Centralizing Vendor Oversight: A Strategic Imperative for Small Biotech

Written by Kieran Canisius

Kieran brings together vendors, investors, growth, clinical and subject matter experts at the forefront of their life science specialties to energetically support clients in overcoming their challenges and find new strategies for success.

April 26, 2024

Why Centralizing Vendor Oversight is a Strategic Imperative for Small Biotech

For biotech companies at the beginning of their journey, strategic alliances with vendors are not just a convenience, but often a necessity. Centralizing vendor oversight is a critical strategy for these companies, providing assurance in areas like regulatory and compliance. Further internal efficiencies can also be realized, freeing up time to focus on core business initiatives.  

Despite this reliance, these external relationships can be challenging to manage when considering the finite resources available to companies in the biotech space.

In this blog post, we’ll explore the rationale for vendor oversight centralization, and understand why such a strategy is a necessity for clinical trial risk mitigation. 


The Crucial Role of Vendor Oversight

Effective vendor oversight in biotech is akin to conducting an orchestra – the many players must perform in sync. If all suppliers are coordinated, sponsors can better maintain compliance and stay on track, protecting their asset on its journey to market.

A lapse in vendor oversight can put this coordination at risk, potentially leading to regulatory noncompliance and project delays that can cost millions in lost revenue and opportunity

Regulation plays a vital role here. Beyond its importance for compliance, stringent adherence to guidelines like ICH E6 and GCP is a business imperative. By ensuring sponsors retain oversight of their vendors, regulation helps conduct the orchestra, keeping things running smoothly.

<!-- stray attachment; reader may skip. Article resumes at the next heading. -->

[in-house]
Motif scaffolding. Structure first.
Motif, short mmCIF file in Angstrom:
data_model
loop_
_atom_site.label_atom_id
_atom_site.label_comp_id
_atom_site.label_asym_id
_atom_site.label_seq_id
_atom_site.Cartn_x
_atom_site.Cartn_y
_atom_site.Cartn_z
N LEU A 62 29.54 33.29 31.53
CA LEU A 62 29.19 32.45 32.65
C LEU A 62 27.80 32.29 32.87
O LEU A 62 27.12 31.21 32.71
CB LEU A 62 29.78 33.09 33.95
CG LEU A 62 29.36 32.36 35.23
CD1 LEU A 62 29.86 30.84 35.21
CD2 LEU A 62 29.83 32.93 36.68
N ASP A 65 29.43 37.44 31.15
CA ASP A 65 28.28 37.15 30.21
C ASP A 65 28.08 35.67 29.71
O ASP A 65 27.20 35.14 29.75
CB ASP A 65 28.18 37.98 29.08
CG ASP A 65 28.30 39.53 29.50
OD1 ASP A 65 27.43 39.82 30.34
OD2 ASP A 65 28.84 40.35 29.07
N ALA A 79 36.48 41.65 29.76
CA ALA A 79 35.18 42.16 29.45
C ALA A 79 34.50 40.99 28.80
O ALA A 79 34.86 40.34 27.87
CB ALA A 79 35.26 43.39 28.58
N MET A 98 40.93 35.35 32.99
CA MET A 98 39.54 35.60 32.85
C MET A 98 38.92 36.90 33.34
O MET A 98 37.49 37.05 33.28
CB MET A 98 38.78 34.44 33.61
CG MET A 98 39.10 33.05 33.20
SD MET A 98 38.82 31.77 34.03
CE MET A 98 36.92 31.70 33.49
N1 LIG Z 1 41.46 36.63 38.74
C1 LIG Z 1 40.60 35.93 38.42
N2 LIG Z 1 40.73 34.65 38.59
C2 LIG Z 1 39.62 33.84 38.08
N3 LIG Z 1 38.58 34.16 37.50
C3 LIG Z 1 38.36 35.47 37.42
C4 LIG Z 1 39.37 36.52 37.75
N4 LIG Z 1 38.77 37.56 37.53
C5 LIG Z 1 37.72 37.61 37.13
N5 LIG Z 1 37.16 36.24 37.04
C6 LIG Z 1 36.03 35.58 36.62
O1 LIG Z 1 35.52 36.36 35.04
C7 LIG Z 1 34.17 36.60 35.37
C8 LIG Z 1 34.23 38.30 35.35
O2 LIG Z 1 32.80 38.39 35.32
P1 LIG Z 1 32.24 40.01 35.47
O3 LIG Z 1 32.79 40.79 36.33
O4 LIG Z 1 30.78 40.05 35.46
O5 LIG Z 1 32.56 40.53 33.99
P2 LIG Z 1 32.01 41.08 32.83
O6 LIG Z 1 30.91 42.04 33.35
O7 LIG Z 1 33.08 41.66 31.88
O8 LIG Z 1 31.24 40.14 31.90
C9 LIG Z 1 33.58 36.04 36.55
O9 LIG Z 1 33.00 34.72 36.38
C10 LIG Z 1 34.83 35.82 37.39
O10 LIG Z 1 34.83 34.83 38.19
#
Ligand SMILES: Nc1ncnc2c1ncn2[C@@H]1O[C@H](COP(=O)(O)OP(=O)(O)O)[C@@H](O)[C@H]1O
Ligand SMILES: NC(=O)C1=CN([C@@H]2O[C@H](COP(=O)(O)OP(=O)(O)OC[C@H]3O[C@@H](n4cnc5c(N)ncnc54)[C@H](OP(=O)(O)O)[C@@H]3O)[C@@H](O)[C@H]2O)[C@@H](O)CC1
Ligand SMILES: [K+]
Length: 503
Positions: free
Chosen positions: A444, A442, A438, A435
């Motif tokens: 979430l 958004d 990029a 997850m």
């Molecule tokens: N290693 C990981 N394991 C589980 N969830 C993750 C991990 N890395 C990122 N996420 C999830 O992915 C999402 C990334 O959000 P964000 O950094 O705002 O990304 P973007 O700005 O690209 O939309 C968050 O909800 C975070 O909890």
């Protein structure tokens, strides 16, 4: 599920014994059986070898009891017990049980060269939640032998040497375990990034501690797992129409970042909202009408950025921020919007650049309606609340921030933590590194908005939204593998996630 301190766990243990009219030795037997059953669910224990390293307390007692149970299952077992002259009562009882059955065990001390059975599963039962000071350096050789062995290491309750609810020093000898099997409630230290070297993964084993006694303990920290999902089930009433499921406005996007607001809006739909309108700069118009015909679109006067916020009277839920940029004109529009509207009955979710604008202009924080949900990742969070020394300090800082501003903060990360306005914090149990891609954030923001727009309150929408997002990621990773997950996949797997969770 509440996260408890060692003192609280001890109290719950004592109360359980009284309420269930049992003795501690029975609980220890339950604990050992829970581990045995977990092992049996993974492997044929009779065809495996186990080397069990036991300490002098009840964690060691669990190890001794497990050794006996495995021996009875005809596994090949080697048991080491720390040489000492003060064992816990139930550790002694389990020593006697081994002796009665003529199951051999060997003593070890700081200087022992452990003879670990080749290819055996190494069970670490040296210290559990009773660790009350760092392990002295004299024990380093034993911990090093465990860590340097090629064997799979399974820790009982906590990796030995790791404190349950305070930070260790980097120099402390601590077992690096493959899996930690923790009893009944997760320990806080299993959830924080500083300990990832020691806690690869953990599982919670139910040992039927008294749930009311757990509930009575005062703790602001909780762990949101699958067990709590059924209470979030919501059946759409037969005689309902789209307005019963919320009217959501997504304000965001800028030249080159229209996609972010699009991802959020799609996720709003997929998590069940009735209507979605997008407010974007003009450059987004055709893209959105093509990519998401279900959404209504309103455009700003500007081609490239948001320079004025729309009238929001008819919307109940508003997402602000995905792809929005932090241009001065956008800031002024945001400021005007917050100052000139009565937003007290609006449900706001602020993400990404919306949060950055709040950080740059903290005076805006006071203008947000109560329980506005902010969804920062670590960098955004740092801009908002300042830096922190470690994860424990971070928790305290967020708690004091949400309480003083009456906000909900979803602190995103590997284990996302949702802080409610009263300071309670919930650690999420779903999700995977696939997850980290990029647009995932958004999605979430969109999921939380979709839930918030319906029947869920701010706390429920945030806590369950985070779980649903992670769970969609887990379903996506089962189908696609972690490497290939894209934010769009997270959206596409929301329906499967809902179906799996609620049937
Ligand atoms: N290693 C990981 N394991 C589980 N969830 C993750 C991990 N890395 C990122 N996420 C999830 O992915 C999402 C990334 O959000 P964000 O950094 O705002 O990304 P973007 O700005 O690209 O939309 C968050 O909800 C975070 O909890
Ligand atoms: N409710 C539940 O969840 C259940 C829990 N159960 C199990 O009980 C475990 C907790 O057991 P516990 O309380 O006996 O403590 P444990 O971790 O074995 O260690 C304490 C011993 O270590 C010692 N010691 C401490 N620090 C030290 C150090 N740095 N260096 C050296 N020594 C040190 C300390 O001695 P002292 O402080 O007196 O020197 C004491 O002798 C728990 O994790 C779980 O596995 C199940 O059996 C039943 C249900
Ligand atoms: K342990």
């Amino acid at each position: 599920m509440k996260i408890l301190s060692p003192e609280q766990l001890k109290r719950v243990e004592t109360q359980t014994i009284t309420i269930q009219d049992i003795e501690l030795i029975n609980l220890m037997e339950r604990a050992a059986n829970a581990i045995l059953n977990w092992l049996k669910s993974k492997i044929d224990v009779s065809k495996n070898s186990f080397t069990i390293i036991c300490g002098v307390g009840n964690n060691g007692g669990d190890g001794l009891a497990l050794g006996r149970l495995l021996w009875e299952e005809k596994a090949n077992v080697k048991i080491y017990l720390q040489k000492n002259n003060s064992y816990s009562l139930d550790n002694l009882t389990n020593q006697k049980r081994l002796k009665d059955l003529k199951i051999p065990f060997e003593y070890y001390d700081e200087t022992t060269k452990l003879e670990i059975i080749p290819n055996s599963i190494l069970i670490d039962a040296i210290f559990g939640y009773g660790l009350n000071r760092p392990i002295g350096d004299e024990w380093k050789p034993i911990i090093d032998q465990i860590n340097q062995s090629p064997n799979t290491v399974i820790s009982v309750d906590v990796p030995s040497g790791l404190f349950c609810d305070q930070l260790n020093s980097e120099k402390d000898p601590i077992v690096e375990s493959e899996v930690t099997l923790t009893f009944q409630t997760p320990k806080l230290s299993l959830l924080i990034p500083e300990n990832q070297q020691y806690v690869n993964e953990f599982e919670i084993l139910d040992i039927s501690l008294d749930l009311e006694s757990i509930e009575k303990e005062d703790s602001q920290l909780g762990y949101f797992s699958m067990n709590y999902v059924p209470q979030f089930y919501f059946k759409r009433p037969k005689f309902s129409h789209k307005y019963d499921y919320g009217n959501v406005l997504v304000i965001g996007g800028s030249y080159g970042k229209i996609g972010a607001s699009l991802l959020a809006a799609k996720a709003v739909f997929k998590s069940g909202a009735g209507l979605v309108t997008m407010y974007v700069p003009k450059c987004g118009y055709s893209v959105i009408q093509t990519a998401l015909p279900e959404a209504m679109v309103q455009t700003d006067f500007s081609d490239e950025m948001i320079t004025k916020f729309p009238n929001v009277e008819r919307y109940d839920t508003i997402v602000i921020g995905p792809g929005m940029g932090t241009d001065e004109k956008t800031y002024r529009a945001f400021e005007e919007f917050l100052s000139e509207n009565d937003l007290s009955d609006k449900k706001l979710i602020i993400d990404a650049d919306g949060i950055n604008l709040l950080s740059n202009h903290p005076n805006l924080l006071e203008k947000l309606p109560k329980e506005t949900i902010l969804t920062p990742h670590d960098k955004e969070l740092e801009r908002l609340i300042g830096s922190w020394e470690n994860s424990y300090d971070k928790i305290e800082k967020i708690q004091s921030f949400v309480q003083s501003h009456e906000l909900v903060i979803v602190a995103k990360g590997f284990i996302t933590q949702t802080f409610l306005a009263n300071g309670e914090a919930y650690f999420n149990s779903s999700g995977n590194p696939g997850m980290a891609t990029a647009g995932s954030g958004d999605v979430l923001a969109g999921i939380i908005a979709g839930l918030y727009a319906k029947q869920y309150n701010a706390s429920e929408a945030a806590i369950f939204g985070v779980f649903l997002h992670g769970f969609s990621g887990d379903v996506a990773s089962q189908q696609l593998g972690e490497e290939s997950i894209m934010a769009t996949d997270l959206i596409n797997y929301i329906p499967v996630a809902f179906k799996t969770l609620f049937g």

In December 2022, the European Medicines Agency (EMA) published updated guidance in which they shared fresh insights, packaging them into a handy Q&A guide. This guide serves as a beacon for clinical trial sponsors, illustrating how they can ensure oversight over the tasks they entrust to third-party service partners.


What EU Guidance Says About Third-Party Vendor Oversight

There are three main sources of guidance for sponsors in terms of oversight of vendors they have a written contract with.

The Clinical Trial Regulation (Regulation [EU] No 536/2014) and the Clinical Trial Directive (Directive 2001/20/EC) together allow sponsors to engage vendors to take on any or all of its trial-related tasks.

They also specify that even if the tasks are delegated, the sponsor retains responsibility for ensuring compliance, and specifically conduct, patient safety and data reliability. (See Regulation [EU] No 536/2014 Article 71 and Directive 2005/28/EC Article 7 for details).

More generally, all clinical trials need to comply with the outsourcing requirements in EMA/CHMP/ICH/135/95 Guideline for Good Clinical Practice (GCP), which again states (ICH E6 [R2] 5.2.2) that sponsors must retain oversight of “duties and functions,” including those carried out by vendors.